UK interest rate cut: what does it mean for borrowers?

The long-expected UK interest rate cut – the first since 2009 – became a reality last week. The base rate now stands at 0.25%, a record low. Although the Bank of England was wary of acting too hastily in the wake of the shock Brexit vote, it was clear a cut was on the cards to offset the shock to the economy. How you feel about it will depend on whether you sit on the saving or borrowing side of the fence.

While the cut effectively pours salt in the wound for savers, hundreds of thousands of borrowers will see a reduction in their monthly mortgage payments. Those who are already on a tracker product will see the benefits straight away, as lenders are obliged to shift rates up or down in line with the base rate. For instance, if you had a £200,000 tracker mortgage on an interest only basis, your monthly payments pre-cut would have been £416; post-cut, this will drop to £375.

Those on a variable rate can also expect to see a reduction; although there may be a slight delay, the governor of the Bank of England made it clear he expected lenders to reflect the interest rate cut in their pricing. Mark Carney insisted banks will have ‘no excuse’ not to pass on the lower borrowing costs to customers, and may face penalty charges if they fail to do so. ‘The MPC [Monetary Policy Committee] is determined that the stimulus the economy needs does not get diluted as it passes through the financial system,’ he said.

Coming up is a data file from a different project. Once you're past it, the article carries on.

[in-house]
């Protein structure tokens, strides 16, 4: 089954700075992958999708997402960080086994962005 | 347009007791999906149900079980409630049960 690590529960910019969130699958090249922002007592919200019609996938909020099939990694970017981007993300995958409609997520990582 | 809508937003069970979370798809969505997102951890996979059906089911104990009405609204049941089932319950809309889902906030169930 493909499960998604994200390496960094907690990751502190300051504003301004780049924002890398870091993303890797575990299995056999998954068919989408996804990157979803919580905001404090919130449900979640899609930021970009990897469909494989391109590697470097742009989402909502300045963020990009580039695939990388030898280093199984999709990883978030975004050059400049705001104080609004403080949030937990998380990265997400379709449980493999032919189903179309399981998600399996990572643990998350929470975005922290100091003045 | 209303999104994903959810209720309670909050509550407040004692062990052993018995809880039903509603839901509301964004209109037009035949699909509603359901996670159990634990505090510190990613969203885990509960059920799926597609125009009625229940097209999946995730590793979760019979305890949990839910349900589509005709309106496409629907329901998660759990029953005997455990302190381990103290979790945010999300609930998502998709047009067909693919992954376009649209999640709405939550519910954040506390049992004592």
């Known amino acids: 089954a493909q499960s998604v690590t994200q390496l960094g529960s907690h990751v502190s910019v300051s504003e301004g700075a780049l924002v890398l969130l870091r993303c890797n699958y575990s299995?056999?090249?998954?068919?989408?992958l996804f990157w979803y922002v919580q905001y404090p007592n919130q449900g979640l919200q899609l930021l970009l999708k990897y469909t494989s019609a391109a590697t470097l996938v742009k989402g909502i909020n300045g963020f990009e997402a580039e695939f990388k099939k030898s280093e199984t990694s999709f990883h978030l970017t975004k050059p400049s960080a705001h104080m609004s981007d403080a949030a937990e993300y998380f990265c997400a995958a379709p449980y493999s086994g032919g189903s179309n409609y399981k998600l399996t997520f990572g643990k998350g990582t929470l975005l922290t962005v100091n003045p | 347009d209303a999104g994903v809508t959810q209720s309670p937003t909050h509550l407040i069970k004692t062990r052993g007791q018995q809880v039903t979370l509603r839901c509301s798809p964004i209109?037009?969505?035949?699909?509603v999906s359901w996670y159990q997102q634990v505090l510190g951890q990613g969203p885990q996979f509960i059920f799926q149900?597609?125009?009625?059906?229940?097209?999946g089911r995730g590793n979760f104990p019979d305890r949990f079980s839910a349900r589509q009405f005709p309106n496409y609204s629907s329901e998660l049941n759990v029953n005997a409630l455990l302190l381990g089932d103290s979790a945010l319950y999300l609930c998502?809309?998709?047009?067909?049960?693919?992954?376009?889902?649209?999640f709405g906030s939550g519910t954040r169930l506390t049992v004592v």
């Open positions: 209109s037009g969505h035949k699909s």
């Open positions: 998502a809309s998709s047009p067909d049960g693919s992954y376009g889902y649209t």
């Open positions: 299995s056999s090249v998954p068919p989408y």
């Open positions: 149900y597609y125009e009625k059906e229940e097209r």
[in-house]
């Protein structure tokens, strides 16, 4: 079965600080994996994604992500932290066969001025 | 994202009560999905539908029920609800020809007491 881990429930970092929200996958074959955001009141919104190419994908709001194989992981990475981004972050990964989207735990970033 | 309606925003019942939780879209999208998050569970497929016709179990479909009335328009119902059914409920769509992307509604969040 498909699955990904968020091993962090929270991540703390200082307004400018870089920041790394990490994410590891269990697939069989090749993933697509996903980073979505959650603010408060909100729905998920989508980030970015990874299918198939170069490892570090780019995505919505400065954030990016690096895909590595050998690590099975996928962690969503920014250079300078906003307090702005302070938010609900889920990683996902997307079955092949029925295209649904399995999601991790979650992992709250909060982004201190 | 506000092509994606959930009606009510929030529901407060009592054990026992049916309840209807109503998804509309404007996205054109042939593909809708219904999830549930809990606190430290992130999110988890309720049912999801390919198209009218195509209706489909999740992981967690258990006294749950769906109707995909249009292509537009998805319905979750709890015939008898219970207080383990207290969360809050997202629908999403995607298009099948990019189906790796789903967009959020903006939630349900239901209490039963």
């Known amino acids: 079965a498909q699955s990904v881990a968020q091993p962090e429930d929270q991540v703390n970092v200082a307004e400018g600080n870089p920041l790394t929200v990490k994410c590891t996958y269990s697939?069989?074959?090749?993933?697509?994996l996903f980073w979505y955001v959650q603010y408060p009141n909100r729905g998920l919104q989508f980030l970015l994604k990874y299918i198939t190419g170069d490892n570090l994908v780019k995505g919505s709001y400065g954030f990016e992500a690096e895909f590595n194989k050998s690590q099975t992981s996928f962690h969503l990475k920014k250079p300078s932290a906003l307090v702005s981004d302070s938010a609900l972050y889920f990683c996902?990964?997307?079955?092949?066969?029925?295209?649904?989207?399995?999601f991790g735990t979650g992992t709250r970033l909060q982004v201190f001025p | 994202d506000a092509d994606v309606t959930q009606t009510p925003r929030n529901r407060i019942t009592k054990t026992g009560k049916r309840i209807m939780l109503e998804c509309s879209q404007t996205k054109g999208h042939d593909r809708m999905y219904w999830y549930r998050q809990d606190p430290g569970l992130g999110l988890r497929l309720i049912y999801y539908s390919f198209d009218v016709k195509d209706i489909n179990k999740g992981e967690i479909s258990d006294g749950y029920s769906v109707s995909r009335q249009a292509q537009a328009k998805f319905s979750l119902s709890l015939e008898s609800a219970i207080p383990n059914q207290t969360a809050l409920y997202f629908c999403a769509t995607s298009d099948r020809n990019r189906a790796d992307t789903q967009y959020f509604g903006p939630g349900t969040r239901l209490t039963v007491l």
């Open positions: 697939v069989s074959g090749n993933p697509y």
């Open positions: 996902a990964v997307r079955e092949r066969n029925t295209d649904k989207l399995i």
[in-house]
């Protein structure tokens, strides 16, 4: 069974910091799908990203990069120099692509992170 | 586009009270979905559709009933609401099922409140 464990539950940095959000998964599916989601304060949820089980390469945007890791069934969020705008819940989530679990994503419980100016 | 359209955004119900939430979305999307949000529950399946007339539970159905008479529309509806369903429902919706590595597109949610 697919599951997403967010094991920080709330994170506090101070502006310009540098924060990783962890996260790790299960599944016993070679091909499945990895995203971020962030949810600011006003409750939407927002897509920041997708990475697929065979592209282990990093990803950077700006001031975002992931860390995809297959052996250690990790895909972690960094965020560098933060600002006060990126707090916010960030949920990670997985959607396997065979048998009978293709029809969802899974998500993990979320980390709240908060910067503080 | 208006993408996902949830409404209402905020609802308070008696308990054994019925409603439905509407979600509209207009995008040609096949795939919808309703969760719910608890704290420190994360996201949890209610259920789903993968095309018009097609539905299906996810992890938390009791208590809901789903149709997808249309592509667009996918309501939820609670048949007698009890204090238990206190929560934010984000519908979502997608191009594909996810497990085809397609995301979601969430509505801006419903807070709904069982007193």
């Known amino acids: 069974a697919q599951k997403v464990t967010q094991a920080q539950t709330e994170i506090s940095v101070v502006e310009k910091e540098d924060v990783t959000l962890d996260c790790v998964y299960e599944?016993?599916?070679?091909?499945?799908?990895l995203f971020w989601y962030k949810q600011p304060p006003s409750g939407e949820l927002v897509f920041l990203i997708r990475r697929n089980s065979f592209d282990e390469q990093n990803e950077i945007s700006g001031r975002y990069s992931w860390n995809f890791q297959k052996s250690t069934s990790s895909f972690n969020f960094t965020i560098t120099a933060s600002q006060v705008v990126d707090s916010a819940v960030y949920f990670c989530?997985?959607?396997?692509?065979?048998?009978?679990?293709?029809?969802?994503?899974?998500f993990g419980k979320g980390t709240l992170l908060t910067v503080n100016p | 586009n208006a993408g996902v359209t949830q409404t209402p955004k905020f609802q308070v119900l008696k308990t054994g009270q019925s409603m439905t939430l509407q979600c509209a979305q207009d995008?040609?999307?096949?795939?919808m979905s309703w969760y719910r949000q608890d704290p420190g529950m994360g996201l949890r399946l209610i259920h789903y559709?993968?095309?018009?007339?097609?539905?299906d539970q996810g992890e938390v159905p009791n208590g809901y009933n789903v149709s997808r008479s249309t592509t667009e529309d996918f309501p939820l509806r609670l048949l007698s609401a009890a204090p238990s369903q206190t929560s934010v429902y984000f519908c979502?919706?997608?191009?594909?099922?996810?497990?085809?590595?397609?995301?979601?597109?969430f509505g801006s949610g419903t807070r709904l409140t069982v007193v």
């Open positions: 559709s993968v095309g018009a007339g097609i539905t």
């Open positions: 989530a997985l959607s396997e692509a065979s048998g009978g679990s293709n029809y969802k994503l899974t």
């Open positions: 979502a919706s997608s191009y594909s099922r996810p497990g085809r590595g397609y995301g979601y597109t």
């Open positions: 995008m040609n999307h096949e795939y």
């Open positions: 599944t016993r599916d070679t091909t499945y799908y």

Of course, not everyone will find their monthly payments dropping, as some lenders have a ‘collar’ below which they won’t lend; check the small print, or get in touch with a mortgage adviser, to discuss the implications of the cut for you.

Given Carney’s suggestion that rates could fall even further if the economy deteriorates, does this mean borrowers should be holding out for even better rates?

‘As most lenders have already priced in an interest rate cut, I wouldn’t expect to see huge changes in advertised rates,’ says Islay Robinson, CEO of Enness Private Clients. ‘If you’re looking for a new mortgage, don’t hold off in the hope of seeing huge drops. Over the past couple of weeks, we’ve actually seen lenders increase their margins on variable rate products in anticipation of this cut.’

The low cost of borrowing could place some light upward pressure on house prices as more and more people are encouraged to take out mortgages. Anyone who can raise a large enough deposit will be able to take advantage of a range of deals, including fixed rate mortgages still hovering at historic lows.

Now, all eyes turn to the Chancellor’s Autumn Statement. Carney has done his bit, and it will be down to Philip Hammond to back up the Bank of England’s monetary policy in a couple of months’ time.

Full article can be read on the Enness Private website here.

Enness Private

We arrange large mortgages secured against international property for global individuals.

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